2008 BES Annual Meeting Presentation and Poster Abstracts
Patterns in Urban Soil Biodiversity: Biotic Homogenization and Urban Vicariance
Co-Authors: E. Hornung, C. Csuzdi, Z. Korsos, F. Vilisics, P. Solymos, R. Pouyat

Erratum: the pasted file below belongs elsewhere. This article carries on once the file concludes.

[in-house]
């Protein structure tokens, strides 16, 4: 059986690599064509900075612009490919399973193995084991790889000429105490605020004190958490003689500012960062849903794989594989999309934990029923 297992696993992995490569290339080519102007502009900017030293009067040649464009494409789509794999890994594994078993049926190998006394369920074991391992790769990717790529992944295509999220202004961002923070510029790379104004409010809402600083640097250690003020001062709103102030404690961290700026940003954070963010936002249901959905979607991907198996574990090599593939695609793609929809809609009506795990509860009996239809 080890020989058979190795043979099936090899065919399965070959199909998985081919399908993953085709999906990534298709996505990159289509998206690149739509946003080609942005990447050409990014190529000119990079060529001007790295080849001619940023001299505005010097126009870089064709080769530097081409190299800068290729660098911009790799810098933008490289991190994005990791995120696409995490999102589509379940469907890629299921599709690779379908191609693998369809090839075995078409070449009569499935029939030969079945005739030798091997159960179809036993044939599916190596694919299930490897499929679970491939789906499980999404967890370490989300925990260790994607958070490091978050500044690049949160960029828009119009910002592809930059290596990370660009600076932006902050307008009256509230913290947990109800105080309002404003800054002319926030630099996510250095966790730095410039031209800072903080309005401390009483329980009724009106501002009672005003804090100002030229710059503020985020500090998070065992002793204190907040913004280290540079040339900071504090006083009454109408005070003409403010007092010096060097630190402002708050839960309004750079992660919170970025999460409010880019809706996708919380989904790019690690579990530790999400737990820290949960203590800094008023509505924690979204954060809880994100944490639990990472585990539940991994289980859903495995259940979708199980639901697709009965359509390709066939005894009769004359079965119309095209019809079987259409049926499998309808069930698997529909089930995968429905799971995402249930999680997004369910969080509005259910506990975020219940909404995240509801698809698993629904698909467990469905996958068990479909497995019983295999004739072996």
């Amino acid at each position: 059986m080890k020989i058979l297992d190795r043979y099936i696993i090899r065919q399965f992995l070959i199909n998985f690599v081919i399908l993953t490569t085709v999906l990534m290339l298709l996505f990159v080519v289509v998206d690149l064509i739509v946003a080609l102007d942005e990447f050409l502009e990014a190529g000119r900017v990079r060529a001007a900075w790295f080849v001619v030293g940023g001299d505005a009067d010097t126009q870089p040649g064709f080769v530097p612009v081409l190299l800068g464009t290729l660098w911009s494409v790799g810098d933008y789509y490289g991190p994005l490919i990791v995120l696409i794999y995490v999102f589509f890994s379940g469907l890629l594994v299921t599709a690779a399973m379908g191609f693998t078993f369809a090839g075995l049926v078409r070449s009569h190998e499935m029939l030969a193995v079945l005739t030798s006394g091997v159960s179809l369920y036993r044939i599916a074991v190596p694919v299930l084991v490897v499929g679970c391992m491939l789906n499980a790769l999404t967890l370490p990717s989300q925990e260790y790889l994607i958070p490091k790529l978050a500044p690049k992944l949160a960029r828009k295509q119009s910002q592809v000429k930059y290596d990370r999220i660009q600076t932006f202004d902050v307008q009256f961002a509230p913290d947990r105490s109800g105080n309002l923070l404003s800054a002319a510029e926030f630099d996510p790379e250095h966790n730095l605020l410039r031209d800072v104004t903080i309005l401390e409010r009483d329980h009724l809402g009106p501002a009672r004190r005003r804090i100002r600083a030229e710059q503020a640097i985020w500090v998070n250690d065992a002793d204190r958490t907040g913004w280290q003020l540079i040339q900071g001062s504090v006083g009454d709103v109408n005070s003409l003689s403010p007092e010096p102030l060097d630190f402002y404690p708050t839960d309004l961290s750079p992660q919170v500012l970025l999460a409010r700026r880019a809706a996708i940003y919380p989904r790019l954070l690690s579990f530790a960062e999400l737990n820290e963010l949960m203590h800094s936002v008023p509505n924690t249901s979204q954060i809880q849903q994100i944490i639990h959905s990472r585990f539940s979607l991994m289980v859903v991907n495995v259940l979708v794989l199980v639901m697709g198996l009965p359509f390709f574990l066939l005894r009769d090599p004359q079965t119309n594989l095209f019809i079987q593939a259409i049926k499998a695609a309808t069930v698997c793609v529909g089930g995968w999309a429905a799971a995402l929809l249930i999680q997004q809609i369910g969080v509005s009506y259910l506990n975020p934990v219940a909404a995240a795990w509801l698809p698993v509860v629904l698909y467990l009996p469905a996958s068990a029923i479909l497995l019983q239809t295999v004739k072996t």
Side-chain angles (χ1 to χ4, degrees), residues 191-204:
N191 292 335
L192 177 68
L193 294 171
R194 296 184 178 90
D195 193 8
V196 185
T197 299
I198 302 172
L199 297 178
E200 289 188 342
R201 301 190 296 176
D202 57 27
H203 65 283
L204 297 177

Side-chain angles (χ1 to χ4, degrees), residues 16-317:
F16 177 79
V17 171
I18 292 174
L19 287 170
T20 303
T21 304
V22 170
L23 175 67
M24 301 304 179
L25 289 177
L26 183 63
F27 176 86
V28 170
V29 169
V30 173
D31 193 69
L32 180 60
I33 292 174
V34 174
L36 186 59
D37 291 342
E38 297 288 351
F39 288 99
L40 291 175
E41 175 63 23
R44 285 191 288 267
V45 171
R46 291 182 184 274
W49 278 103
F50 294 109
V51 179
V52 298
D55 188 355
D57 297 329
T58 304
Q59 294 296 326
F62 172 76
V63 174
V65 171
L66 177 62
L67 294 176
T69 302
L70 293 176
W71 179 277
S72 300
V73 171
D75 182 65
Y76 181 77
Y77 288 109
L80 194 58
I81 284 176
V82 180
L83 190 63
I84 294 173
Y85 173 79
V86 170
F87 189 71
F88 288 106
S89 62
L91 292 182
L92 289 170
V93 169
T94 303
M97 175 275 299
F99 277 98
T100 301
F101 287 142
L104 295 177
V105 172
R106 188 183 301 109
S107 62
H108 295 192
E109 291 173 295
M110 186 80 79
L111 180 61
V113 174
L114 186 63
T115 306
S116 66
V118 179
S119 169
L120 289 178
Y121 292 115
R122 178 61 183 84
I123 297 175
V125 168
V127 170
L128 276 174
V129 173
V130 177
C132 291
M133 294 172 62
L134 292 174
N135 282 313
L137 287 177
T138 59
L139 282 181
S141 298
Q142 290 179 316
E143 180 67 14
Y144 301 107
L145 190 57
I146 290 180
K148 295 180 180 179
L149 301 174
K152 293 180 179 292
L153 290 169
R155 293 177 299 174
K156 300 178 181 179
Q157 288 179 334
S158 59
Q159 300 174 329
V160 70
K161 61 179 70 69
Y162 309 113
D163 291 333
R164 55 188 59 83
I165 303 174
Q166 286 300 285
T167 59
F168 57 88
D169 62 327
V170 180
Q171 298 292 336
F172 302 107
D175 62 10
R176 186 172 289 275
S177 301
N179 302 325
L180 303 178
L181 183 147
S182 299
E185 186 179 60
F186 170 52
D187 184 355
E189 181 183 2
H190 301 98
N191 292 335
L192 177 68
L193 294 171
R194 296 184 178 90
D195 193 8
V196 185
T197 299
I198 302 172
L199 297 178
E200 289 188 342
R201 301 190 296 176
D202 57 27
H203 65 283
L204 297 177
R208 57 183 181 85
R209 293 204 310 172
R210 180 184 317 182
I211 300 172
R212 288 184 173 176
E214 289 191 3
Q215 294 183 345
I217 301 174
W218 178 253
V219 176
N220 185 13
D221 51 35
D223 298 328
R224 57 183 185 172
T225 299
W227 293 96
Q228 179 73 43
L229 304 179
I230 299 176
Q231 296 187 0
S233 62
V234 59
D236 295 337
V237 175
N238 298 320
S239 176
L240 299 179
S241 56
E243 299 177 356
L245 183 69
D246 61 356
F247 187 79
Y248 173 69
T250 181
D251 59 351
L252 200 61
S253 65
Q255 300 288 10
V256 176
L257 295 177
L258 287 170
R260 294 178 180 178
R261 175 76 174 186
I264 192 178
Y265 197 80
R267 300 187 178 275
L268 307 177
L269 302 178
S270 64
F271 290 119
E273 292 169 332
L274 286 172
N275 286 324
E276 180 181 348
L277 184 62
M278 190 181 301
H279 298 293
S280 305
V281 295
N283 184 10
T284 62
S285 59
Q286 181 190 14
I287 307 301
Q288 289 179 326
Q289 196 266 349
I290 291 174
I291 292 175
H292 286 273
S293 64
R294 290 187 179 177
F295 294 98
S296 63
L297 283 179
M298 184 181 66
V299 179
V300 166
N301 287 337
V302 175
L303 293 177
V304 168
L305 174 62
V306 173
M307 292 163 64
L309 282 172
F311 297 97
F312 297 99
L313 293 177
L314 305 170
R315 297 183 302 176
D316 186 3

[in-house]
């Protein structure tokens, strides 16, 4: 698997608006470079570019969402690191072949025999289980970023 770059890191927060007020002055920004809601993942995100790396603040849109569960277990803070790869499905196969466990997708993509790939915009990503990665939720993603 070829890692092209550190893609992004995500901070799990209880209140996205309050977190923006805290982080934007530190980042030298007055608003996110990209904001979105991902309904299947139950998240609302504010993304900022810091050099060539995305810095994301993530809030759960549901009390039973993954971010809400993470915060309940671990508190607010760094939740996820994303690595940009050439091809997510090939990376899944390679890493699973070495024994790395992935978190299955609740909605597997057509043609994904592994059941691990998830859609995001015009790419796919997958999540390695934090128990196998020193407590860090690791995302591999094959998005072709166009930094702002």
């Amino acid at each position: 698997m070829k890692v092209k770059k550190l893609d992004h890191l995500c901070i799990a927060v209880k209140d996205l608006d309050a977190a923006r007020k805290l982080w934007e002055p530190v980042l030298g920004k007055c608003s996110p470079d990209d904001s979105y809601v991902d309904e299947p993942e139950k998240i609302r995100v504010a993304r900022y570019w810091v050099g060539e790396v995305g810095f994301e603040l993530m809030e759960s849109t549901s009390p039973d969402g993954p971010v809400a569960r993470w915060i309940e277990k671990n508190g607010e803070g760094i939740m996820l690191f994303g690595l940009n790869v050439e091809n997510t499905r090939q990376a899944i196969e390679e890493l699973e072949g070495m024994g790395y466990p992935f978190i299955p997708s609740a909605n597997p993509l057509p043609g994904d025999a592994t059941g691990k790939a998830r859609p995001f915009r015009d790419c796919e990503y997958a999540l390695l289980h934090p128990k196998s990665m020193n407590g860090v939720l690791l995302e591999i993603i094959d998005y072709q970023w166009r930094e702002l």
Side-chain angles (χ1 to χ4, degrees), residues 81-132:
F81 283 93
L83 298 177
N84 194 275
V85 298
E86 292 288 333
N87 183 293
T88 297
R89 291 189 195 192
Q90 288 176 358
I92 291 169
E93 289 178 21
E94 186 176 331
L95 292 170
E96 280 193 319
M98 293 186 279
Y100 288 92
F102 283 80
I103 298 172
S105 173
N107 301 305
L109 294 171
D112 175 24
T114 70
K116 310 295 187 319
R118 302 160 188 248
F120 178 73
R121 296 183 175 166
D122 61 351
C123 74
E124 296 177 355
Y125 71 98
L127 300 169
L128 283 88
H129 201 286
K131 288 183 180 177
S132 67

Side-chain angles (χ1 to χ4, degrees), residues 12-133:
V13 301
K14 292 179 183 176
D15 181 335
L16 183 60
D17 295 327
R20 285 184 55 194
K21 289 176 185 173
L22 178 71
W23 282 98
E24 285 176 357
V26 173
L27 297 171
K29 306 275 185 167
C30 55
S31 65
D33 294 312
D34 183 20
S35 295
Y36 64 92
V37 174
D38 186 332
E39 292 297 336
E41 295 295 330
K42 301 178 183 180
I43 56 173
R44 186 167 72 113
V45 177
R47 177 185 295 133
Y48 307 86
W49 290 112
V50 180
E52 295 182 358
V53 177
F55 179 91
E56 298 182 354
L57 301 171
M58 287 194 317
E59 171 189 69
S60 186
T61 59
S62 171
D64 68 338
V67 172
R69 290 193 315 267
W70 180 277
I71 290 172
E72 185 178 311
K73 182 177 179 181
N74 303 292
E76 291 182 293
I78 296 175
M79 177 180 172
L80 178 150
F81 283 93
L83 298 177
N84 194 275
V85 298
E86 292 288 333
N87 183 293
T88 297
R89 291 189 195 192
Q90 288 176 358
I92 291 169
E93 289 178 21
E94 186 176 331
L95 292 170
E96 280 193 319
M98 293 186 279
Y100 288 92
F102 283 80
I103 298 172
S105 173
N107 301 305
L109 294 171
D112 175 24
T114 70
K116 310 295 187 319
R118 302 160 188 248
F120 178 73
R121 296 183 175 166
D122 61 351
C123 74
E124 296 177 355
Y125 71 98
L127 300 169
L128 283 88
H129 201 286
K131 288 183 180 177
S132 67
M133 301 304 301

Abstract: Soils in cities are transported and heavily managed leading to altered soil community composition. Moreover, urban areas have been hotspots for exotic species introductions. To examine if general patterns exist in urban soil biodiversity we have compiled presence-absence data for three soil invertebrate groups, isopods, millipedes and earthworms from several cities in Europe and North America. We found that 1/ biodiversity loss or as well as presence of non-native species is taxon dependent; 2/ species rich taxa respond to urbanization more strongly; and 3/ there is a considerable overlap in species composition among cities, a process known as biotic homogenization. The proportion of homogenizing species increased in the isopod-diplopod-earthworm direction. Out of the 25 earthworm species in six cities, ten (40%) were identified as homogenizing with number of occurrences more than or equal to five. Out of the 46 isopod species found in 11 cities, seven (15.2%) were identified as homogenizing with number of occurrences more than or equal to nine. For millipedes, 36 not localized species were found in six cities and 15 (41.7% for a total of 36, 24.2% for a total of 62 species) species were identified as homogenizing with mean number of occurrences 3.8. The correlation between geographic distances and faunal dissimilarities were weak for homogenizing species, and those were higher and positive for native species. This indicates higher spatial turnover of species composition and a distance decay of similarity for native species but not for homogenizing ones. We suggest a term “urban vicariance” to describe faunal elements that are functionally similar, but taxonomically different.